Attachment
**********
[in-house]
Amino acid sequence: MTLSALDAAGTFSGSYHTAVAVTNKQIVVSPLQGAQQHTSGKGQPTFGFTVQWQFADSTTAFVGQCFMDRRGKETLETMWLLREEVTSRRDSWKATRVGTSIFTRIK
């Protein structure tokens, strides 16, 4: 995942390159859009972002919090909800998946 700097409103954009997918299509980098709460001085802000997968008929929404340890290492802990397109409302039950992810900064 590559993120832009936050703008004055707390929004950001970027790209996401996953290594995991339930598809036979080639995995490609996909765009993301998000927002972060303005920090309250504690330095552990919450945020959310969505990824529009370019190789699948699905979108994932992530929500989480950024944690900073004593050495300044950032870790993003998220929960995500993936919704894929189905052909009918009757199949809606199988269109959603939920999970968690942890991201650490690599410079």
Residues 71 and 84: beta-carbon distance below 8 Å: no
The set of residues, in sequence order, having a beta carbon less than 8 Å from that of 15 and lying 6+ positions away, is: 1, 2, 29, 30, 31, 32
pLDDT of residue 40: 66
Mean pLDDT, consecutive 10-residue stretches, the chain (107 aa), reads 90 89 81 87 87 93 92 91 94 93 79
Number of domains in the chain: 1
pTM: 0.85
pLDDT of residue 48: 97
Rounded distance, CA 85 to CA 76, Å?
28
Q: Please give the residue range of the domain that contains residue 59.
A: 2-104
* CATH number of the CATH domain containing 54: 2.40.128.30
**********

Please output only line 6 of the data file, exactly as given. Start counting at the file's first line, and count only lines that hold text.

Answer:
pLDDT of residue 40: 66